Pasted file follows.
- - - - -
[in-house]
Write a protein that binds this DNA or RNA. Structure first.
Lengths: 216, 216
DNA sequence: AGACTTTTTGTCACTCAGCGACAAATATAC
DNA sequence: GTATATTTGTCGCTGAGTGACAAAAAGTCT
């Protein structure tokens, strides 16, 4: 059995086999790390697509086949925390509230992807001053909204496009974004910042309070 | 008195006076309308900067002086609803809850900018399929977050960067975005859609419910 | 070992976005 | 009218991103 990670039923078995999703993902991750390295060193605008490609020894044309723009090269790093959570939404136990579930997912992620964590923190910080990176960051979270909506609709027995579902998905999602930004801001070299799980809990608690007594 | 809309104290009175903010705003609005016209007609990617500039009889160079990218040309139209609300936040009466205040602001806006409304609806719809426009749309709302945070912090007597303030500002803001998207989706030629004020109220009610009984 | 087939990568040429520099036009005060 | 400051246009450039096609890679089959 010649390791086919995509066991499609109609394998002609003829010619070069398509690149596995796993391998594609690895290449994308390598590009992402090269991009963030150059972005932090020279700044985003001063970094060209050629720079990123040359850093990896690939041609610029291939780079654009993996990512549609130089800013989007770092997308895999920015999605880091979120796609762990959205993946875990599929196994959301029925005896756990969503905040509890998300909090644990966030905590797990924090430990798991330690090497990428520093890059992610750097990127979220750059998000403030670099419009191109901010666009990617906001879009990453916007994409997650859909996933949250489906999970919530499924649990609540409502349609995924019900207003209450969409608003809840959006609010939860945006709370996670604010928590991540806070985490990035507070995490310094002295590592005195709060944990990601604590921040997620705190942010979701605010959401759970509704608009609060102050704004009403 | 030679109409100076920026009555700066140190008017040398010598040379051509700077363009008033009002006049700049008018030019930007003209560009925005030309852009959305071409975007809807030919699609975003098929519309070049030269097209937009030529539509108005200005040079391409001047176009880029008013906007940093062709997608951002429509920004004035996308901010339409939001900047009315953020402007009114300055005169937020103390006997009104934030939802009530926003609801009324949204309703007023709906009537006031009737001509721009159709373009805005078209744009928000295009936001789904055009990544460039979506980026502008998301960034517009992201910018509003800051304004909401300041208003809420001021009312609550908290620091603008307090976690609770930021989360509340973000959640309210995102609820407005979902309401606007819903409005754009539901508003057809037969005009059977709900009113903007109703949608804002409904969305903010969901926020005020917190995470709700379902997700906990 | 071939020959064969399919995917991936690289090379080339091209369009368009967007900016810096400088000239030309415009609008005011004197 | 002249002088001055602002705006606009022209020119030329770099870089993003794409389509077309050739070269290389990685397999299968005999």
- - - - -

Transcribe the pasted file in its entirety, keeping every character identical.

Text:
[in-house]
Write a protein that binds this DNA or RNA. Structure first.
Lengths: 216, 216
DNA sequence: AGACTTTTTGTCACTCAGCGACAAATATAC
DNA sequence: GTATATTTGTCGCTGAGTGACAAAAAGTCT
């Protein structure tokens, strides 16, 4: 059995086999790390697509086949925390509230992807001053909204496009974004910042309070 | 008195006076309308900067002086609803809850900018399929977050960067975005859609419910 | 070992976005 | 009218991103 990670039923078995999703993902991750390295060193605008490609020894044309723009090269790093959570939404136990579930997912992620964590923190910080990176960051979270909506609709027995579902998905999602930004801001070299799980809990608690007594 | 809309104290009175903010705003609005016209007609990617500039009889160079990218040309139209609300936040009466205040602001806006409304609806719809426009749309709302945070912090007597303030500002803001998207989706030629004020109220009610009984 | 087939990568040429520099036009005060 | 400051246009450039096609890679089959 010649390791086919995509066991499609109609394998002609003829010619070069398509690149596995796993391998594609690895290449994308390598590009992402090269991009963030150059972005932090020279700044985003001063970094060209050629720079990123040359850093990896690939041609610029291939780079654009993996990512549609130089800013989007770092997308895999920015999605880091979120796609762990959205993946875990599929196994959301029925005896756990969503905040509890998300909090644990966030905590797990924090430990798991330690090497990428520093890059992610750097990127979220750059998000403030670099419009191109901010666009990617906001879009990453916007994409997650859909996933949250489906999970919530499924649990609540409502349609995924019900207003209450969409608003809840959006609010939860945006709370996670604010928590991540806070985490990035507070995490310094002295590592005195709060944990990601604590921040997620705190942010979701605010959401759970509704608009609060102050704004009403 | 030679109409100076920026009555700066140190008017040398010598040379051509700077363009008033009002006049700049008018030019930007003209560009925005030309852009959305071409975007809807030919699609975003098929519309070049030269097209937009030529539509108005200005040079391409001047176009880029008013906007940093062709997608951002429509920004004035996308901010339409939001900047009315953020402007009114300055005169937020103390006997009104934030939802009530926003609801009324949204309703007023709906009537006031009737001509721009159709373009805005078209744009928000295009936001789904055009990544460039979506980026502008998301960034517009992201910018509003800051304004909401300041208003809420001021009312609550908290620091603008307090976690609770930021989360509340973000959640309210995102609820407005979902309401606007819903409005754009539901508003057809037969005009059977709900009113903007109703949608804002409904969305903010969901926020005020917190995470709700379902997700906990 | 071939020959064969399919995917991936690289090379080339091209369009368009967007900016810096400088000239030309415009609008005011004197 | 002249002088001055602002705006606009022209020119030329770099870089993003794409389509077309050739070269290389990685397999299968005999």